The International Monetary Fund last week reported holdings of $85bn of renminbi claims in the currency reserves of world central banks. This statement, covering the last quarter of 2016, was the first official IMF statement since China’s currency was included in the special drawing right.
Of the eight currencies included in the IMF’s ‘composition of official foreign exchange reserves’, the renminbi is the seventh most widely held. The Chinese currency trails the dollar, euro, sterling, yen, the Canadian dollar, and the Australian dollar. US reserve asset supremacy remains, with the dollar accounting for 64% of reported reserves, adding up to $5.1tn.
The renminbi accounts for just over 1% of the $7.9tn disclosed in a total of 146 reporting central banks and other reserves-holding entities. The latest IMF data match the findings of an earlier, less comprehensive survey in August 2015, showing that 38 monetary authorities held renminbi assets in 2014, making up 1.1% of global holdings of ‘official assets’ (a wider definition than ‘reserve assets’), against 27 holders (0.7% of the total) in 2013.
When the IMF included the renminbi in the SDR basket from October 2016, it gave the currency a weight of 11%, or one third the share of the euro and one quarter of the dollar’s. This is a clear indication that the Fund expects the renminbi’s status as a major reserve currency to grow significantly.
Beijing promotes the international use of its currency through swap arrangements and by supporting trade settlement in renminbi. The authorities are improving foreign investors’ access to Chinese capital markets. However, Chinese policy-makers must do more to allay concerns over currency manipulation, financial market transparency, and rising debt levels. One problem is that there are too few renminbi-denominated liquid assets for reserve managers to own.
Asian monetary authorities hold most global foreign reserves. Capital preservation and liquidity appear to be the priority. Analysts suggest that, given China’s size, reserve managers should hold around 20% of their liquidity in renminbi. Such an allocation implies that central banks should own a similar share of China’s $9tn bond market. While Chinese policy-makers have tried to attract foreign reserve managers, they are yet to invest meaningfully in Chinese bonds.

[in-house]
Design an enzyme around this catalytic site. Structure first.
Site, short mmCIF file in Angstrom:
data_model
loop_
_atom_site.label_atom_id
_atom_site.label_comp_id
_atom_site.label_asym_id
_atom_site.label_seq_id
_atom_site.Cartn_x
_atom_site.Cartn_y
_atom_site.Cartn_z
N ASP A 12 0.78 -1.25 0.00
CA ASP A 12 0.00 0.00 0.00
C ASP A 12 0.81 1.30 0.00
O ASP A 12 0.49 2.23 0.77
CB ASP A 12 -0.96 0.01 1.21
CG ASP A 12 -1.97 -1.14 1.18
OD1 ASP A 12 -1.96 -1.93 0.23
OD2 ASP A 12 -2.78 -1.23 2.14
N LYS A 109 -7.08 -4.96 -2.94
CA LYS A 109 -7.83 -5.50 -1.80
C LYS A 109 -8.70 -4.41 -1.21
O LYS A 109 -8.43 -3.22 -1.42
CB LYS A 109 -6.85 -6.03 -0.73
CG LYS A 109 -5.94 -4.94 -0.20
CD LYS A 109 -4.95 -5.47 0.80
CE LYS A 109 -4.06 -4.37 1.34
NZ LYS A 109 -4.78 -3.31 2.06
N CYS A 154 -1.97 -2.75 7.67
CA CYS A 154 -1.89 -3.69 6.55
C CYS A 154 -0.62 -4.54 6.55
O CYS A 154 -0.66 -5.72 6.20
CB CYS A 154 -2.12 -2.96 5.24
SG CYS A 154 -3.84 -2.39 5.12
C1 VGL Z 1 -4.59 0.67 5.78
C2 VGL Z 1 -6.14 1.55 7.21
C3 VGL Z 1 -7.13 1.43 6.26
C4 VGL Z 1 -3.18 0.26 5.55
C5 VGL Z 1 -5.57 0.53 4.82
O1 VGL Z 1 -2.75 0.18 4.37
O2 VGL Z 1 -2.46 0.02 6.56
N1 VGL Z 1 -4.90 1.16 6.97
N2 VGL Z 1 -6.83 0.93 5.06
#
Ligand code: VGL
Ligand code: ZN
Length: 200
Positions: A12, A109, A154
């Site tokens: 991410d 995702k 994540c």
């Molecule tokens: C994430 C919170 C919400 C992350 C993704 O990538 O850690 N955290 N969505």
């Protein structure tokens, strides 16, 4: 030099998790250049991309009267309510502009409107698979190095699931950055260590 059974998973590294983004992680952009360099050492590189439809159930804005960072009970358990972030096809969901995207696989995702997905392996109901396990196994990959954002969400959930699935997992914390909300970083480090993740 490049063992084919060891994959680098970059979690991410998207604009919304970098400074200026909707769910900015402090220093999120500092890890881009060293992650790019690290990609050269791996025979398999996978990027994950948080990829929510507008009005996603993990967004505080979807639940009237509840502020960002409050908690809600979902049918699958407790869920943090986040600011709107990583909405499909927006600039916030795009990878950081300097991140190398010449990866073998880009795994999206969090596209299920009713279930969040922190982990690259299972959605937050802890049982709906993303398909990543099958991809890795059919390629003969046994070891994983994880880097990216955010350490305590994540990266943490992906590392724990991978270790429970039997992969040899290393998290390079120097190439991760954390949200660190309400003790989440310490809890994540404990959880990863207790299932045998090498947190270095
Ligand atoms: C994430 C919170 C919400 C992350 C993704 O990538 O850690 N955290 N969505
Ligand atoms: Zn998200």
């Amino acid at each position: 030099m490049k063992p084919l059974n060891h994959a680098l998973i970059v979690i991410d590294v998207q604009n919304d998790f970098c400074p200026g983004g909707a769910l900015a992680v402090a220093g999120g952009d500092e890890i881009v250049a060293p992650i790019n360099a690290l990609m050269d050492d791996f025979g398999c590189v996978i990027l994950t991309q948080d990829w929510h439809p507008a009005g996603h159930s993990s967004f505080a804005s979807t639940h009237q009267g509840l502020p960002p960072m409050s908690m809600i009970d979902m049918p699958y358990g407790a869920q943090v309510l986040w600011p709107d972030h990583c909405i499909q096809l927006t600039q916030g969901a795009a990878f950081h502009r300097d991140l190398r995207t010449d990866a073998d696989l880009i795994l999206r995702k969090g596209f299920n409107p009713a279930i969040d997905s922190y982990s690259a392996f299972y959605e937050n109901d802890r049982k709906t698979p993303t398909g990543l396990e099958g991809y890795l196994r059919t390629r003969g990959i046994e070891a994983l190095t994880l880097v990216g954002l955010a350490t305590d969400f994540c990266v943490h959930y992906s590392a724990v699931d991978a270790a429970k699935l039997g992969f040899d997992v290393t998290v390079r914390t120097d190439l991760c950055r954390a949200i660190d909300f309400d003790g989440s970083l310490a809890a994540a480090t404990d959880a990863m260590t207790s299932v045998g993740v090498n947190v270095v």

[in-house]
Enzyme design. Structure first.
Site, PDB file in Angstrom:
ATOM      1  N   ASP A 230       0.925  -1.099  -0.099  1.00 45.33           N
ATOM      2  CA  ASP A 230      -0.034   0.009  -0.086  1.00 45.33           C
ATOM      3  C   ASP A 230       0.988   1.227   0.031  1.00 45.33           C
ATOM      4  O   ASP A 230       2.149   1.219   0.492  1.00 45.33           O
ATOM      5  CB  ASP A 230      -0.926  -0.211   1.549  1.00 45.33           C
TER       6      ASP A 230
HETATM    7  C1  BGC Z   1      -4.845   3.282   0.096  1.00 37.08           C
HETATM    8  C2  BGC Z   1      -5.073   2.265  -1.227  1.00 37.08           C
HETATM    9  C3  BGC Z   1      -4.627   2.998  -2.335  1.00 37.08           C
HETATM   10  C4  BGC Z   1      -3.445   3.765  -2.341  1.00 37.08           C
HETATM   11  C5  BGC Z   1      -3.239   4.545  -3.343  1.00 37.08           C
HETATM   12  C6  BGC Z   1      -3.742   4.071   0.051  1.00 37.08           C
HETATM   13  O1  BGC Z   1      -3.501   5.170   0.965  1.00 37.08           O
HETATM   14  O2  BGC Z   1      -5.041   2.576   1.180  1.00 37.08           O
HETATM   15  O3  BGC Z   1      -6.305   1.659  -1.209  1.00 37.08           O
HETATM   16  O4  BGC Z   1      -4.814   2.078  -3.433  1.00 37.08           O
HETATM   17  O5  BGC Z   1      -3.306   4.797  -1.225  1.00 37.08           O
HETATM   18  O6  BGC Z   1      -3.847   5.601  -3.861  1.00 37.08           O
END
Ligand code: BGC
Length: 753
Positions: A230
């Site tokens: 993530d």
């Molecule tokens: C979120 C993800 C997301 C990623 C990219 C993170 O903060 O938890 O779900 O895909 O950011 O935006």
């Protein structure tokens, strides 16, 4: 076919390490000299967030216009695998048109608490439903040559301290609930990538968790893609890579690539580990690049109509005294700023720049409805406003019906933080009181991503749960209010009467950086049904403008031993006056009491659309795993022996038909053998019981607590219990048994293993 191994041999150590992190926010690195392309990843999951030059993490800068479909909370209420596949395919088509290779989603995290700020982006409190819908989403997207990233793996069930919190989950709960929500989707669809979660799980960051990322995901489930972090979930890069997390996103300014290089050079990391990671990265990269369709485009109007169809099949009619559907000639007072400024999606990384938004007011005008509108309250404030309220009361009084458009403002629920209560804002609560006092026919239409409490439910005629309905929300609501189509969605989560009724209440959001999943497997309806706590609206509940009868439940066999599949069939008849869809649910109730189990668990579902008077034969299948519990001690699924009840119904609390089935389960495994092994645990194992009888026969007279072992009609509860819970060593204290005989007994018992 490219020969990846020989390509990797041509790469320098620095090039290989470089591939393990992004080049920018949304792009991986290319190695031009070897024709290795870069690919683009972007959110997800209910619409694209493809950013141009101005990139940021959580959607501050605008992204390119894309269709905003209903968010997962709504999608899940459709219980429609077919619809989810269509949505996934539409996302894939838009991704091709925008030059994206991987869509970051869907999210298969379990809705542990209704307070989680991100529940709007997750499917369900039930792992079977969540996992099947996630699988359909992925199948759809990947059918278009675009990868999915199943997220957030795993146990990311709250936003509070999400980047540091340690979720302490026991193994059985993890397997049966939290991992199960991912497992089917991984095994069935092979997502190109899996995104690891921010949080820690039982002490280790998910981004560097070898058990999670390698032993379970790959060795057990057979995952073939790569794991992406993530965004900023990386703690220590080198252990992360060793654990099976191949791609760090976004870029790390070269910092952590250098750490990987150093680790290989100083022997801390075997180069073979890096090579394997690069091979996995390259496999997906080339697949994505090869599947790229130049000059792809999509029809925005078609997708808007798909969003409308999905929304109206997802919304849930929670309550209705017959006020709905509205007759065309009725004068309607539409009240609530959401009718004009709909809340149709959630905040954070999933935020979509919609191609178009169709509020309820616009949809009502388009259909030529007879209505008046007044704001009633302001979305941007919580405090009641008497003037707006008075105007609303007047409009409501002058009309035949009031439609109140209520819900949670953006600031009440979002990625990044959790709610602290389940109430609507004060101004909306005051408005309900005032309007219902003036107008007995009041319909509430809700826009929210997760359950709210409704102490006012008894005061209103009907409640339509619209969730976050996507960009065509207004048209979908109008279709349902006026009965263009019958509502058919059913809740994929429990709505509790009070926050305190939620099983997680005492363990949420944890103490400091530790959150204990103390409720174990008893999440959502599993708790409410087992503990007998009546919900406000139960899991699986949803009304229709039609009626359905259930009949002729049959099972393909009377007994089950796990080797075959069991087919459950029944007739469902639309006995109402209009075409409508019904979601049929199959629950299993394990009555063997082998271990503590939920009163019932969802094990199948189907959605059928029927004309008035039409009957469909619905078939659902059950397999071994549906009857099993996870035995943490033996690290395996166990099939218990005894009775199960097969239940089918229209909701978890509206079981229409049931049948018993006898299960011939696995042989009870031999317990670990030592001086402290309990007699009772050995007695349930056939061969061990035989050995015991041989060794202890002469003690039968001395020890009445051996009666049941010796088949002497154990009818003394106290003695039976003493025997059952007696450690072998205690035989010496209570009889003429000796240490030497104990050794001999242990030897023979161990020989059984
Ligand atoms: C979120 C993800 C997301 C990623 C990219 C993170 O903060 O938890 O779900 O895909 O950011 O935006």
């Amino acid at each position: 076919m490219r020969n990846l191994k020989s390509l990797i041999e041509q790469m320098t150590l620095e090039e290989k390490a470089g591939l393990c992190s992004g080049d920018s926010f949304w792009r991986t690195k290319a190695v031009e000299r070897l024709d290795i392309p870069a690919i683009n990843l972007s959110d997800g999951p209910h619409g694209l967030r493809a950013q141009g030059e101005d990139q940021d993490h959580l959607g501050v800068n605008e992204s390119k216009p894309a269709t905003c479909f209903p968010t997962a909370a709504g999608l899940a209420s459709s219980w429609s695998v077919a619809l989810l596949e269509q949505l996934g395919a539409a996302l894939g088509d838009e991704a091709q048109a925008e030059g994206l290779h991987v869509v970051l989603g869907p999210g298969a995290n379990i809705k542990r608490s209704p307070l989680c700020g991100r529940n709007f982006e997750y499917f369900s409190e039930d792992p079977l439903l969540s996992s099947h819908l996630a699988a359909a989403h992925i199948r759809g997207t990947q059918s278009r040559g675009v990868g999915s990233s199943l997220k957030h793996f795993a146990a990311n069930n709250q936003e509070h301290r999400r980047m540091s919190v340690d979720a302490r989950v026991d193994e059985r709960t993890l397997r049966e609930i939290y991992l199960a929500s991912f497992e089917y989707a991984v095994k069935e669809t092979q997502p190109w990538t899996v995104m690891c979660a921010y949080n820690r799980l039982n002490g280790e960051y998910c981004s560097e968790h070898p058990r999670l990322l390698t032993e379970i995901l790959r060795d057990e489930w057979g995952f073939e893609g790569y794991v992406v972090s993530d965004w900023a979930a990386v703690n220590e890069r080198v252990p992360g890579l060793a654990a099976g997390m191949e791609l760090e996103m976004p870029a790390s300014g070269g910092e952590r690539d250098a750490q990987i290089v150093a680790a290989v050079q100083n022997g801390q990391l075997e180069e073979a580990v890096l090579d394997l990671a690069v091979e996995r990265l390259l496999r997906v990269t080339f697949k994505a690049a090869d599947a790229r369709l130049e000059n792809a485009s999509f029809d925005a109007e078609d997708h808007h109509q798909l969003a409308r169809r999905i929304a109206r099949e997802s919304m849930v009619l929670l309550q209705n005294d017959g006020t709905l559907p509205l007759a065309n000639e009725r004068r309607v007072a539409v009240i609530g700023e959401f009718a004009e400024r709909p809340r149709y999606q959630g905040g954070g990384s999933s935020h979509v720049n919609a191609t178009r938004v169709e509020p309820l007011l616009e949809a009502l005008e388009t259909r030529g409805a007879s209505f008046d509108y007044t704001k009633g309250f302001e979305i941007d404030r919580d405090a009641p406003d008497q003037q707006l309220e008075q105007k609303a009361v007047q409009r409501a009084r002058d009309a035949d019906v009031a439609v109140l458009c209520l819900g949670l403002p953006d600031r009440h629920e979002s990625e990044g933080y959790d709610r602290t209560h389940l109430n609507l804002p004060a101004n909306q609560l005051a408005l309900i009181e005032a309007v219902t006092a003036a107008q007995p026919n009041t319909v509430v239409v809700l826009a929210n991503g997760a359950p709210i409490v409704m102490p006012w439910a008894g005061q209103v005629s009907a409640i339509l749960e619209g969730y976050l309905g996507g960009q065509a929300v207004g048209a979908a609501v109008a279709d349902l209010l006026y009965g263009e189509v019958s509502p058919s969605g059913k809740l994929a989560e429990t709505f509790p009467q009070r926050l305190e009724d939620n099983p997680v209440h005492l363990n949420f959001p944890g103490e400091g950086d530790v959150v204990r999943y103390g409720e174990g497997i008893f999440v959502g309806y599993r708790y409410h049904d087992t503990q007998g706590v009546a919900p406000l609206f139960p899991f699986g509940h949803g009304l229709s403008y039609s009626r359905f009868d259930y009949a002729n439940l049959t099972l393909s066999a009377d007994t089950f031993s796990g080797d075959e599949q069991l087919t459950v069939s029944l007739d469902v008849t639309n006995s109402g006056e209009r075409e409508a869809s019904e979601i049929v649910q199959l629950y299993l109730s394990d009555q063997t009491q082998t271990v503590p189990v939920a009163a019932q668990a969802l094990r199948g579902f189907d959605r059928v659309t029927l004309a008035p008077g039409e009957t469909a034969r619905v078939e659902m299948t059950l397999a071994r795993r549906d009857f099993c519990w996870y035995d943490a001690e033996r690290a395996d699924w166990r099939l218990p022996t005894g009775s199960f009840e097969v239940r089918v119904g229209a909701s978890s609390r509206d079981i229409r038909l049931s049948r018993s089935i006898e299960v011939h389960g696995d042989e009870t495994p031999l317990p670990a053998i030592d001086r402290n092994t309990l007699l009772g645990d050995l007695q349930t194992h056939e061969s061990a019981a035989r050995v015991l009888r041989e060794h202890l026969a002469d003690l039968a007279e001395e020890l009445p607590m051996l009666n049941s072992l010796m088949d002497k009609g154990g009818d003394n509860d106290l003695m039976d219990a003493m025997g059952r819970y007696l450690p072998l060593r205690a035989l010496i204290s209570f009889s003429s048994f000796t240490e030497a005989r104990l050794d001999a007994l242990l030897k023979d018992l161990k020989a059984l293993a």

The use of the renminbi in global trade has diminished. In December, it accounted for 1.7% of payments, down from 2.3% a year earlier, according to the Society for Worldwide Interbank Financial Telecommunication. Over the whole of 2016, the value of payments made in renminbi fell by almost one third.
Both Yi Gang, deputy governor of the People’s Bank of China, and Pan Gongsheng, director of the State Administration of Foreign Exchange, have indicated that keeping the renminbi stable is a priority. Internationalisation of the currency remains a long-term aspiration. But in the short term, demand for Chinese assets will not be able to offset the outflow pressure on the capital account.
The $7tn equity market may provide additional depth, but central banks will continue to act cautiously. The MSCI last week opted against wider inclusion of Chinese A shares into its emerging market benchmark. In the long term, full inclusion in the MSCI and FTSE benchmarks could lead to more than $600bn in equity inflows. Though China faces several tests on its path towards market liberalisation, the renminbi’s global status as an international reserve currency can only improve from this humble start.
Adam Cotter is Head of Asia and Chief Representative Singapore at OMFIF.